Reader Question: 90,000 Mile Service – or a New Car?

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Here’s the latest reader question, along with my reply!

Sandy asks:I own a 2008 Honda Pilot, bought new, zero problems and no problems lurking that I am aware of. Called dealer and was shocked at the cost of a 90,000 mile service (timing belt, water pump) plus spark plugs plus fluids plus (likely) brakes. Would you recommend doing this, or looking for another vehicle?

My reply: I’d recommend doing the stuff that is necessary. Honda recommends changing the timing belt at various mileage intervals, according to conditions and use. According to what I have been able to dig up, the maximum interval is 105k – so you’ve still got some time to go. But it might be wise to get it done sooner, because a timing belt failure can be a big pain as well as a bigger expense than the expense of just replacing it before it fails.

It is usual to replace the water pump when this job is done because replacing the pump when it needs to be done entails the same basic (expensive) disassembly. Therefore, might as well take care of it now so as to avoid not having to tear down the engine in 10,000 or 30,000 miles from now.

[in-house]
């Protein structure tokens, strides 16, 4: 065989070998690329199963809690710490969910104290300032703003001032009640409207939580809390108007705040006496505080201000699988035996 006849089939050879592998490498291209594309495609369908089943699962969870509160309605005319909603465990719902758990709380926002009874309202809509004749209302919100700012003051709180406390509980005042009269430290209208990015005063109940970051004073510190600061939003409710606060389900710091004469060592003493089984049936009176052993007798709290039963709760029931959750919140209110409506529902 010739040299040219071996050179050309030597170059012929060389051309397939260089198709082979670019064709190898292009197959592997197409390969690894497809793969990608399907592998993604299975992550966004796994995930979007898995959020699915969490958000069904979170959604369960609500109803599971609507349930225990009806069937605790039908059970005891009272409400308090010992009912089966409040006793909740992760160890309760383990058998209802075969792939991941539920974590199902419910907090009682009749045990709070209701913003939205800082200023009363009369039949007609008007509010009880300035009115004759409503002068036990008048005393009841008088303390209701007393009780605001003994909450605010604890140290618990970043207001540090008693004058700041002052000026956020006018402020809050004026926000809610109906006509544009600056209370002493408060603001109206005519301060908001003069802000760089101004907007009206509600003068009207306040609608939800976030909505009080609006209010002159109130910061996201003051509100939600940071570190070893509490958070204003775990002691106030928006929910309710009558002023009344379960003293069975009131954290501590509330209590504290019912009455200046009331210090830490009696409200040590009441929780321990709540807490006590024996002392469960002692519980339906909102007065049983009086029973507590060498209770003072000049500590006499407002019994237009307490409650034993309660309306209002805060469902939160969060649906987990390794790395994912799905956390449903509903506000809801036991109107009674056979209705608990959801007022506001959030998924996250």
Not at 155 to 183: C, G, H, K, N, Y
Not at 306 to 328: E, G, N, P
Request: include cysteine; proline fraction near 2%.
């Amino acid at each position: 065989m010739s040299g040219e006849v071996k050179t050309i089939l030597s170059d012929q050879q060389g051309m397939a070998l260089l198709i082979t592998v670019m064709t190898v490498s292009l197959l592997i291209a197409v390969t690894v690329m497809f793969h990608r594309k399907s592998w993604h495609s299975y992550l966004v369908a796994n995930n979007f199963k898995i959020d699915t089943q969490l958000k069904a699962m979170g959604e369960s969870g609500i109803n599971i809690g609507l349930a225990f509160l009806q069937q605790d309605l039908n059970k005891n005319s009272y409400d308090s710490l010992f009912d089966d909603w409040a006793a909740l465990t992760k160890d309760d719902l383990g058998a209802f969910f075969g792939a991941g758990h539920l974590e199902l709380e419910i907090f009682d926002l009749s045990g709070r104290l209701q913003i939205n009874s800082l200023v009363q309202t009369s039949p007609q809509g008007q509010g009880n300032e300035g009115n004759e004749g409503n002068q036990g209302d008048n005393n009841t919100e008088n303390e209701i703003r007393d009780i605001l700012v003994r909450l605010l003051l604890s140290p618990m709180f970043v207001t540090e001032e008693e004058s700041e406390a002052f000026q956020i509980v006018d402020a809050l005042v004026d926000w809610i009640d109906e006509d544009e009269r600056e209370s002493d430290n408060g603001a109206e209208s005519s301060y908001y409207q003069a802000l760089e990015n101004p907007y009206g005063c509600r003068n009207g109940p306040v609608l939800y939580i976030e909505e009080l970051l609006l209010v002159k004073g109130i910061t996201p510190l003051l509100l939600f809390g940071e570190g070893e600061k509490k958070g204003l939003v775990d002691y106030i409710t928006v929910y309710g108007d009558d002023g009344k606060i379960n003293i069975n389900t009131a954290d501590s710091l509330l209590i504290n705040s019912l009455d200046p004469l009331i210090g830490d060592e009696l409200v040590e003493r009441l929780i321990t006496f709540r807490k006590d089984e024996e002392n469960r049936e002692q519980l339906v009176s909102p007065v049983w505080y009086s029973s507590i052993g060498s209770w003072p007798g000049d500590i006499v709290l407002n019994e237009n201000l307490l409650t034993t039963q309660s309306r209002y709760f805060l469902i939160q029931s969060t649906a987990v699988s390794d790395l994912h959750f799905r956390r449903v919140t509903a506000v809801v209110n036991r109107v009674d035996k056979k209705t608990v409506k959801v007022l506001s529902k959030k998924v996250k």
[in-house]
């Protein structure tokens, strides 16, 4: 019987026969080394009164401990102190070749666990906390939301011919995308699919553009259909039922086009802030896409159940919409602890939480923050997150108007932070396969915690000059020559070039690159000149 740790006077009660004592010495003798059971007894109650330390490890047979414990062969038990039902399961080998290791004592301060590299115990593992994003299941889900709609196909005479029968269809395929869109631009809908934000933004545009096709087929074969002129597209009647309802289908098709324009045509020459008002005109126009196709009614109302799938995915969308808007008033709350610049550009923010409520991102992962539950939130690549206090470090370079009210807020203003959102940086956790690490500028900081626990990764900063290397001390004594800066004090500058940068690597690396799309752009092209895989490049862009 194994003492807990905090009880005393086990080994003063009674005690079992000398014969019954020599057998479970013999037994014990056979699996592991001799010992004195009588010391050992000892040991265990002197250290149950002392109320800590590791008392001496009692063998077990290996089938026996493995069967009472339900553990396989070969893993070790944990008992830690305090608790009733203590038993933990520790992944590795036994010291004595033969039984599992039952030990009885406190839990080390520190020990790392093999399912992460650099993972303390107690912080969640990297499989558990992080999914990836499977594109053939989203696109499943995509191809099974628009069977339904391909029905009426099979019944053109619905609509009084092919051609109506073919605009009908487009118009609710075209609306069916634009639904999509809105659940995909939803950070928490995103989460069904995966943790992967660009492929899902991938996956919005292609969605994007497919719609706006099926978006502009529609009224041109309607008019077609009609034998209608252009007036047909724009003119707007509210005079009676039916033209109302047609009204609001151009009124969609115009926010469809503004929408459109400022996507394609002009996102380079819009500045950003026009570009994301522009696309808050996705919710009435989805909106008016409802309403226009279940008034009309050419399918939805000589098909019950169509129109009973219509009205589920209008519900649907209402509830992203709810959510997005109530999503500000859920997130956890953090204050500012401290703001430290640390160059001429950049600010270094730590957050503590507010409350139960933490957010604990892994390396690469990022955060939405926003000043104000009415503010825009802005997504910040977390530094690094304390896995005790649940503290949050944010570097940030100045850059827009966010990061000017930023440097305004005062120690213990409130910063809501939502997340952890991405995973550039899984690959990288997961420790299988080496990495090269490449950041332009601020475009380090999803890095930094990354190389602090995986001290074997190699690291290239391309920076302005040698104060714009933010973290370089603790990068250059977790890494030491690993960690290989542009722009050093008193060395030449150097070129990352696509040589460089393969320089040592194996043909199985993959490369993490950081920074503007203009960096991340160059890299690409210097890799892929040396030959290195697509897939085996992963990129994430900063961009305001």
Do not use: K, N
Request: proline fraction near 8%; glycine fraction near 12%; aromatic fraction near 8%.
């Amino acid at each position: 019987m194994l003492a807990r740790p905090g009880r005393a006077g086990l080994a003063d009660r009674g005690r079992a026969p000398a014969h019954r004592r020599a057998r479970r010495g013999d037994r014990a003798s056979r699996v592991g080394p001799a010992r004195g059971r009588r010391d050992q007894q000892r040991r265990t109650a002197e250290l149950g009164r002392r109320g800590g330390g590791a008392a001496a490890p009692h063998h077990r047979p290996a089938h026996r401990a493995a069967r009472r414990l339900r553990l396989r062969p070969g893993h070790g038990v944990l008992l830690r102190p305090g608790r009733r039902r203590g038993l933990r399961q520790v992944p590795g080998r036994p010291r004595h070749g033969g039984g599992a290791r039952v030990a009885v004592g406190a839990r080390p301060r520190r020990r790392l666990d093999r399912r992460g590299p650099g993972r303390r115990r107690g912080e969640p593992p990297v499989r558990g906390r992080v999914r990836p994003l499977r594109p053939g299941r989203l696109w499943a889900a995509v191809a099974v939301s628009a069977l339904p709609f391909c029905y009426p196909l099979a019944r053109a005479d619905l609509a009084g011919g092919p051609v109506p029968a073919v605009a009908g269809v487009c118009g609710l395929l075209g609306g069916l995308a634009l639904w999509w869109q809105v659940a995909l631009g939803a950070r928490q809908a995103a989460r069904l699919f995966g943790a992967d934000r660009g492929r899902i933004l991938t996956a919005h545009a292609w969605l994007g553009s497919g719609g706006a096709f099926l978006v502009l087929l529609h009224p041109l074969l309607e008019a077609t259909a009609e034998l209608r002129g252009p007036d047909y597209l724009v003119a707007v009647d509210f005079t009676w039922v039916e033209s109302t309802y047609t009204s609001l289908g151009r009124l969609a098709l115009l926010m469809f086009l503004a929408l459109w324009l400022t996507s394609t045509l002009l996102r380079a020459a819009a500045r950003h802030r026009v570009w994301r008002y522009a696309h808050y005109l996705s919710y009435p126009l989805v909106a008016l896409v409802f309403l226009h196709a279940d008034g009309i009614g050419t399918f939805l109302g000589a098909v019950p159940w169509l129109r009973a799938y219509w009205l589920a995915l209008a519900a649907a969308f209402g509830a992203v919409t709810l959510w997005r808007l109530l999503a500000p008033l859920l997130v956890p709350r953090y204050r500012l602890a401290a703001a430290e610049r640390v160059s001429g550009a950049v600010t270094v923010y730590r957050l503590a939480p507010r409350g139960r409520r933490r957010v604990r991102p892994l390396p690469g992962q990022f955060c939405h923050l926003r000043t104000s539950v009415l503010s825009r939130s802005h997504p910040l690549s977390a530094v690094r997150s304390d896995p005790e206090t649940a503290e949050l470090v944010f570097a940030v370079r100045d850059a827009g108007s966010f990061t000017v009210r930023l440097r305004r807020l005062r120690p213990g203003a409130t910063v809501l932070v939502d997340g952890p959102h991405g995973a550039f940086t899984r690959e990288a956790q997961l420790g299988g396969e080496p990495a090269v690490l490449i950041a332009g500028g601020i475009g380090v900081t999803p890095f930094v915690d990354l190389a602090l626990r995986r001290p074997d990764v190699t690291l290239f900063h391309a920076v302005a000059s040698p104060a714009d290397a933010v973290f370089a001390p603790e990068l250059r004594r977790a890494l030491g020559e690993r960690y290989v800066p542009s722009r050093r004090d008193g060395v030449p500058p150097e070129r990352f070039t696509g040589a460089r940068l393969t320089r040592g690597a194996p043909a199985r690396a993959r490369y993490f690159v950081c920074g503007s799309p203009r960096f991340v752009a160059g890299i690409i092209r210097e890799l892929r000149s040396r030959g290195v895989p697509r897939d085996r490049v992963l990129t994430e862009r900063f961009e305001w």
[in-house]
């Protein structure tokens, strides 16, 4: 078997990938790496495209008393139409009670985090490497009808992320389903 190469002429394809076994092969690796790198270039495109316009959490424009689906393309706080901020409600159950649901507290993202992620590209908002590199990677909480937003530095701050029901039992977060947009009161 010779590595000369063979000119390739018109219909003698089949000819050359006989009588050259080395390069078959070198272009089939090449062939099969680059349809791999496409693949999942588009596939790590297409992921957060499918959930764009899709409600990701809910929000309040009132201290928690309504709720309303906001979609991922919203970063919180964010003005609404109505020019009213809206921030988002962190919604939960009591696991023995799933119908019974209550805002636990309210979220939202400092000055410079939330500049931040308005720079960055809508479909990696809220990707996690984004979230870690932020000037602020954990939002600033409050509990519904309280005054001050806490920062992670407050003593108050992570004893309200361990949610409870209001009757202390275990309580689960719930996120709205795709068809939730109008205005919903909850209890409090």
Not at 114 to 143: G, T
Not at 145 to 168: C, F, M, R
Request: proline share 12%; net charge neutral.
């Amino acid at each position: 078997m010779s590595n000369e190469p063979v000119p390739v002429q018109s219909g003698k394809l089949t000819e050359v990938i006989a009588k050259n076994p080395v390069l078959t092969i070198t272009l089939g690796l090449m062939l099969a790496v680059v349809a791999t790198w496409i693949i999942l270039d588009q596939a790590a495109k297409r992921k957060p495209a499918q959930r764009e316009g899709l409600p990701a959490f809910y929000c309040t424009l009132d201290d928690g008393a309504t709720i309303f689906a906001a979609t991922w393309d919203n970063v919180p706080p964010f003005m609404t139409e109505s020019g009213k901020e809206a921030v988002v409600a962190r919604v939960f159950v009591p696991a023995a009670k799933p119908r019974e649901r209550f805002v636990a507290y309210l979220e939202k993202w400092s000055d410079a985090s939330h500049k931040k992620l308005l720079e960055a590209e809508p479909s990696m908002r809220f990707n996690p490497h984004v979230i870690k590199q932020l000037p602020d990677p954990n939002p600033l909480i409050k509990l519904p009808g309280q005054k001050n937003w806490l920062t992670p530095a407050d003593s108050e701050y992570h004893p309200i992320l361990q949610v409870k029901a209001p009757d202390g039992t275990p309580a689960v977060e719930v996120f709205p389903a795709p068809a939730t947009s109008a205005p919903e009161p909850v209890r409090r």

It’s also reasonable to change spark plugs at the same time.

Having changed all of these things, you will probably never have to change them again for another 12-plus years. I’d weigh that agains the cost of a new car, including the cost of taxes and insurance on the new car.

Also, since this is not an emergency, I’d seek out estimates at independent shops as well as the dealer and compare. My bet is you’ll be able to get the necessary work done for less – and that will make your decision even easier!

. . . 

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  1. My ’12 LR4 is the only car I don’t do repairs on, although I do all of the routine maintenance (fortunately it has a timing chain). I end up taking it to the dealer in San Antonio where I bought it (one of the better ones) every year or two to fix something a bit more serious; the bill usually ends up being $1k-$2k. Still a good deal given how much a new truck costs AND how much crap is on the new trucks that I hate; Land Rover gives me a loaner Land Rover for a few days that reinforces how much I hate the new ones. About 180k on the LR4 odometer and still runs like new.

    I’ve taken the LR4 once to a “well reviewed” independent repair shop supposedly specializing in Land Rovers. They ended up screwing up the parking brake, so I’m not doing that again.

    In summary: unless the thing is a basket case, it’s usually cheaper to maintain and repair than buy new, especially for an ’08.